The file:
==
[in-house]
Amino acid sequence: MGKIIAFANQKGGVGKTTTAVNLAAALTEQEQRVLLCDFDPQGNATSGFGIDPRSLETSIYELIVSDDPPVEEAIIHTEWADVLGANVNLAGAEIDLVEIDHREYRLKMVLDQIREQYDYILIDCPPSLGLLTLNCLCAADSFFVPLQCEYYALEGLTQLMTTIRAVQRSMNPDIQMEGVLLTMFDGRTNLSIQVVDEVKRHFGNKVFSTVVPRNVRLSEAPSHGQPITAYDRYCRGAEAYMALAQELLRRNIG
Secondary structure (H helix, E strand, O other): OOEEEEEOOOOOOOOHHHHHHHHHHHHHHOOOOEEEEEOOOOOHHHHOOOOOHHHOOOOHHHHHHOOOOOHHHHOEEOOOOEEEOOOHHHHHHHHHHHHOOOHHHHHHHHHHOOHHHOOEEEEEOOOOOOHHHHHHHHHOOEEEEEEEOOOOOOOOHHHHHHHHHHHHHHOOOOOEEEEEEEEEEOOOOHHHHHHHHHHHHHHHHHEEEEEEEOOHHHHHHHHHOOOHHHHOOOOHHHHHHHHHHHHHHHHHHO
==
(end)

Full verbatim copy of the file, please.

[in-house]
Amino acid sequence: MGKIIAFANQKGGVGKTTTAVNLAAALTEQEQRVLLCDFDPQGNATSGFGIDPRSLETSIYELIVSDDPPVEEAIIHTEWADVLGANVNLAGAEIDLVEIDHREYRLKMVLDQIREQYDYILIDCPPSLGLLTLNCLCAADSFFVPLQCEYYALEGLTQLMTTIRAVQRSMNPDIQMEGVLLTMFDGRTNLSIQVVDEVKRHFGNKVFSTVVPRNVRLSEAPSHGQPITAYDRYCRGAEAYMALAQELLRRNIG
Secondary structure (H helix, E strand, O other): OOEEEEEOOOOOOOOHHHHHHHHHHHHHHOOOOEEEEEOOOOOHHHHOOOOOHHHOOOOHHHHHHOOOOOHHHHOEEOOOOEEEOOOHHHHHHHHHHHHOOOHHHHHHHHHHOOHHHOOEEEEEOOOOOOHHHHHHHHHOOEEEEEEEOOOOOOOOHHHHHHHHHHHHHHOOOOOEEEEEEEEEEOOOOHHHHHHHHHHHHHHHHHEEEEEEEOOHHHHHHHHHOOOHHHHOOOOHHHHHHHHHHHHHHHHHHO